Carlos Ruiz Zafón wrote, and still writes, a variety of fictions catering for children to young adult to adult mystery. His two latest works are the ones I like best. Filled with dazzling prose they display stories that come littered with events that almost defy description yet ably describe life at the edge of acceptable reality. Nothing is bogus about them; there is no shying away from logic. The stories they tell, both related, are consistent with real life even if events stretch belief. The books are ‘The Shadow of the Wind’ and its prequel’ ‘The Angels Game.’ They glisten like raindrops in a field of green leaves.
Fred Vargas is not a bloke. She’s is very much a female and, to make this Englishmen’s pulse race, a French Female. Rather than following sheep like the modern accepted route so many crime writers go down, Fred or Frédérique Audoin-Rouzeau to use her full name, bends every damn rule in the book. Her work has received many awards but not for its determination to rigidly adhere to the current trend of presenting ‘grim reality', but in her desire to portray the anomalous, the unorthodox, the unconventional and the downright eccentric. Her work throbs with the offbeat. She has written several novels all of them best sellers. Her central character, Commissaire Jean-Baptiste Adamsberg, goes against the grain of modern day detectives. He eschews evidence espousing instead instinct, insight and intuition. The dialogues are fascinating, the characters, like those of Jean-Pierre Jeunet sparkle with life. Fred’s books are a revelation. Without any doubt my favourite contemporary writer of crime fiction.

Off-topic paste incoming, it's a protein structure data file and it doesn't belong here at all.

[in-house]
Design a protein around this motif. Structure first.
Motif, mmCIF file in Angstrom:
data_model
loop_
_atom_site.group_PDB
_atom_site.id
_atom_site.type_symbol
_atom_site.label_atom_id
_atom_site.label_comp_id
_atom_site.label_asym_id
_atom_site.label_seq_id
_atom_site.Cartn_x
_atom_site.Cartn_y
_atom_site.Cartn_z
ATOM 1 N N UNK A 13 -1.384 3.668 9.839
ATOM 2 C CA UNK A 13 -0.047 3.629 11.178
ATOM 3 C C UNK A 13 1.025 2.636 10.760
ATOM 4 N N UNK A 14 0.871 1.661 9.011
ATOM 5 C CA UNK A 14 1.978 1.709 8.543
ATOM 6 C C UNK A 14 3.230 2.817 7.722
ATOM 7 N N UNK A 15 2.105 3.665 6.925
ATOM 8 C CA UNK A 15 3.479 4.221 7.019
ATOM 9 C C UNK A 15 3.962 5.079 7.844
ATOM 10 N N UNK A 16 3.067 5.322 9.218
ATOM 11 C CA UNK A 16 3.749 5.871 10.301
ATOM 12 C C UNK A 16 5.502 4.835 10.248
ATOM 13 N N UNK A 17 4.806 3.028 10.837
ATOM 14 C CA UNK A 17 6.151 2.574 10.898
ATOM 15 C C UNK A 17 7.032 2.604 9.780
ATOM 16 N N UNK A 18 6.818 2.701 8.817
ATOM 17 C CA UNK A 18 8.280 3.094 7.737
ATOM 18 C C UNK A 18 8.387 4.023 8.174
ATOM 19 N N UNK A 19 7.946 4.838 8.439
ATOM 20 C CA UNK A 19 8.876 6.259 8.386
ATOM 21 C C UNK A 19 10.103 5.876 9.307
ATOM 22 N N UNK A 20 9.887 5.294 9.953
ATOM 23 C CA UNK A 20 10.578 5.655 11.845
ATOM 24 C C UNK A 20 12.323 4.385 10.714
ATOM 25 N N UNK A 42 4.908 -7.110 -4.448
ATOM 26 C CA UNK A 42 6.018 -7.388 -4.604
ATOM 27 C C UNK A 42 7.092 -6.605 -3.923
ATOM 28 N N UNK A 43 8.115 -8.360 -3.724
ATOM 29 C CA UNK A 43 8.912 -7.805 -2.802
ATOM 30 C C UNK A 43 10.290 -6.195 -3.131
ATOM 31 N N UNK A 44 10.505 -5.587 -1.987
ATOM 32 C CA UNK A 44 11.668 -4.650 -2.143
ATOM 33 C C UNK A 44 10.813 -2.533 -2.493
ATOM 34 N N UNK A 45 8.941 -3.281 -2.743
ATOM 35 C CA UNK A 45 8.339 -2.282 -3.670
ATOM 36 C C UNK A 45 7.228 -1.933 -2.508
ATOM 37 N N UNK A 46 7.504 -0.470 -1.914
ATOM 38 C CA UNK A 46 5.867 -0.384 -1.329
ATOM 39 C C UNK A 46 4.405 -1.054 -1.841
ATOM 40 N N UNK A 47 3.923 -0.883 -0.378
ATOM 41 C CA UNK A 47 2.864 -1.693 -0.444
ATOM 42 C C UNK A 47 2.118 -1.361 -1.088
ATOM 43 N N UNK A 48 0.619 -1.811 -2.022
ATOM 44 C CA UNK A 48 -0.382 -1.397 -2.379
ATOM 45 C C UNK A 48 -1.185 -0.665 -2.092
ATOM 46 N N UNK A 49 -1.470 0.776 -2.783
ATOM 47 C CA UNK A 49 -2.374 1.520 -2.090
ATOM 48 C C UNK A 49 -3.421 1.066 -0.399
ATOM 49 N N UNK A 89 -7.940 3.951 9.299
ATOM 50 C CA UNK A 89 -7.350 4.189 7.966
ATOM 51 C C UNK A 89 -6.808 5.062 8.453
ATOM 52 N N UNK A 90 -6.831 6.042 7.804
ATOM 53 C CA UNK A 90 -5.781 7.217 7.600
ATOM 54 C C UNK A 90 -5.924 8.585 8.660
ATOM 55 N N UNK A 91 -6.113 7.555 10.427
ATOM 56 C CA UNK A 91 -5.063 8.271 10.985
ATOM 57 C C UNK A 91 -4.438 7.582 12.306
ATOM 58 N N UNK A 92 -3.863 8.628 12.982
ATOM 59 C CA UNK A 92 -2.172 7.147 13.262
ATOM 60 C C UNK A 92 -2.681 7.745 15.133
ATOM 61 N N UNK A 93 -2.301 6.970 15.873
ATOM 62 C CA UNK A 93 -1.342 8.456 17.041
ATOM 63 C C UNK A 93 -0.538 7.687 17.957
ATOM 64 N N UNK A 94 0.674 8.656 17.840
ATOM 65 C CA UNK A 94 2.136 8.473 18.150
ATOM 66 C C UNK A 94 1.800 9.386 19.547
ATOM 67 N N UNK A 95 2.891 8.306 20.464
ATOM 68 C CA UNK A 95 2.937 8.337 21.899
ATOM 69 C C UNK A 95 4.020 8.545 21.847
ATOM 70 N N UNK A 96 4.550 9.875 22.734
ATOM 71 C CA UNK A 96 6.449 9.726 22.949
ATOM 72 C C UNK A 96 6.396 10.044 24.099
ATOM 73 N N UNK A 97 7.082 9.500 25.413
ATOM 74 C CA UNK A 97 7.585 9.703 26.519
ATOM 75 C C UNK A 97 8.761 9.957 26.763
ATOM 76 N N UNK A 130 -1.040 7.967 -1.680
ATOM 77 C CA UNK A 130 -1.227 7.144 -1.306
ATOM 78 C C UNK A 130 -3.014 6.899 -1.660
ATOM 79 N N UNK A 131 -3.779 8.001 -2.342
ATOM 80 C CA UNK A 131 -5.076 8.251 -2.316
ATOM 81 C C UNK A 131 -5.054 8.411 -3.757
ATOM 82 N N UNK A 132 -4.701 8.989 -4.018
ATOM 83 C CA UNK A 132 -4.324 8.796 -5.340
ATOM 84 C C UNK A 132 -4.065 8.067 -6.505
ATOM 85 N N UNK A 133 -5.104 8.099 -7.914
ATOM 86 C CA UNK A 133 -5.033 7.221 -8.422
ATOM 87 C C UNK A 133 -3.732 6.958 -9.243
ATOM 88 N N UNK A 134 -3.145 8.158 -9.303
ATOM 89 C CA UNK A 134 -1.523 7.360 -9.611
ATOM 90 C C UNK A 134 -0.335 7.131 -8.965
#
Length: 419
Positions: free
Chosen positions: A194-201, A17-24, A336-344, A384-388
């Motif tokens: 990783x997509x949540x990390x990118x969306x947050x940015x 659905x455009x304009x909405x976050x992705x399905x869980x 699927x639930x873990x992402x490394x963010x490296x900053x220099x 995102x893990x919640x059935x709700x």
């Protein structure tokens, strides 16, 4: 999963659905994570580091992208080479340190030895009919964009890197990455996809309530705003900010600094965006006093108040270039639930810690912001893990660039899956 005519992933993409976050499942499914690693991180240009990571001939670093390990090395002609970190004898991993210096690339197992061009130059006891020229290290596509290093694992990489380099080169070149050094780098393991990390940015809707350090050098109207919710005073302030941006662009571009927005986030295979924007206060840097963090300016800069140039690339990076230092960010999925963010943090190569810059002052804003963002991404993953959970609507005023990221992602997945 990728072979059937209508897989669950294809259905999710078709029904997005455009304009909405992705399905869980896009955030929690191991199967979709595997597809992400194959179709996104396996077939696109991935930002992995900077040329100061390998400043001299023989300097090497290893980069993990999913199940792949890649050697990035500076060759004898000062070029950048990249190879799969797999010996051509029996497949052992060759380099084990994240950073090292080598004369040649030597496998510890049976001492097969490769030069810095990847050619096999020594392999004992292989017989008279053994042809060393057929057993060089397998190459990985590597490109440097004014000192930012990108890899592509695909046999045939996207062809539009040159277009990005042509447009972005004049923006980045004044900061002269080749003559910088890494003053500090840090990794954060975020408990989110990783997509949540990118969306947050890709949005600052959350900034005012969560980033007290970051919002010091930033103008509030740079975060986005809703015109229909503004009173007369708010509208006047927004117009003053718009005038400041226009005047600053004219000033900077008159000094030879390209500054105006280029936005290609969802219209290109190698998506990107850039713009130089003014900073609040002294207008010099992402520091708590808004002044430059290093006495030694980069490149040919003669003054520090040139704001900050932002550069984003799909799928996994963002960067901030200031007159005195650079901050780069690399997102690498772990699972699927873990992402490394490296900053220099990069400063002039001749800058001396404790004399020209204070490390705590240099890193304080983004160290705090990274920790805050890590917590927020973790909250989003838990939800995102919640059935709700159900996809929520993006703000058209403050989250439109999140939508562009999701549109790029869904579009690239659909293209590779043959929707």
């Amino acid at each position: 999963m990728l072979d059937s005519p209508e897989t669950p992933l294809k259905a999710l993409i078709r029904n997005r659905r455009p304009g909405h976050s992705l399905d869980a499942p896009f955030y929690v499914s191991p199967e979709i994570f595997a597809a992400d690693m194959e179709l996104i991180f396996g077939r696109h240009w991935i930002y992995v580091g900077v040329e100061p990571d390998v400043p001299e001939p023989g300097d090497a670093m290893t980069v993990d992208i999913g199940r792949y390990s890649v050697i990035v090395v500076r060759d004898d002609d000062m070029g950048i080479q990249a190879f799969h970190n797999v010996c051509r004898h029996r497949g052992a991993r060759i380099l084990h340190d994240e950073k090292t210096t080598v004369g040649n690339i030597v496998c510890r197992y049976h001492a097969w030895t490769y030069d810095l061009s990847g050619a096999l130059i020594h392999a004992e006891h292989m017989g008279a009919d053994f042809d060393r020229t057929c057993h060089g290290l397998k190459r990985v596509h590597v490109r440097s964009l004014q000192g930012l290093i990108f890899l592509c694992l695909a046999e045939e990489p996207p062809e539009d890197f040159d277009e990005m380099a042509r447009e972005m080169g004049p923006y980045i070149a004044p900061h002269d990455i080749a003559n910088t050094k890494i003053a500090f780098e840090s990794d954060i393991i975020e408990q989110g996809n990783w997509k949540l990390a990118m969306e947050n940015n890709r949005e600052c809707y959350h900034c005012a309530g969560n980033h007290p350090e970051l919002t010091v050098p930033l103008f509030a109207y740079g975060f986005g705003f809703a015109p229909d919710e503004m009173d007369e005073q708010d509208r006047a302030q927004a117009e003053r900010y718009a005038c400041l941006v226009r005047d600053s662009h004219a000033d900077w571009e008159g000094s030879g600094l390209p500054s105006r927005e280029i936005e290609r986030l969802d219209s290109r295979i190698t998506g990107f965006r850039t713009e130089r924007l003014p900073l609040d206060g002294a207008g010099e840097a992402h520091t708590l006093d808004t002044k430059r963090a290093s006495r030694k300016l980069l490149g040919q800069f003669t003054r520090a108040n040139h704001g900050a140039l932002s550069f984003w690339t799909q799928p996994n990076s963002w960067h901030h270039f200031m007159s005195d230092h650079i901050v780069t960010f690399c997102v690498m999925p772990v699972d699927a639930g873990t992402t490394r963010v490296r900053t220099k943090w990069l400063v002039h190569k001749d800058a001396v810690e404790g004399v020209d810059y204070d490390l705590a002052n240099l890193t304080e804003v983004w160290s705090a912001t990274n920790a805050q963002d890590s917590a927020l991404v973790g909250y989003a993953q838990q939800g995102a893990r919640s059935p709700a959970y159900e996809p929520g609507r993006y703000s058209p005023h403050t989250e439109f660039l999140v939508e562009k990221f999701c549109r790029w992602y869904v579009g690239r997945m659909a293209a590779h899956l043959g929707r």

all words and art are copyright © of Russell 'C.J' Duffy.To view my books on Amazon/Kindle go here: https://www.amazon.com/author/russellduffy -- For another side of CJ go here: sOMeThiNg For tHE wEeKeND, SiR?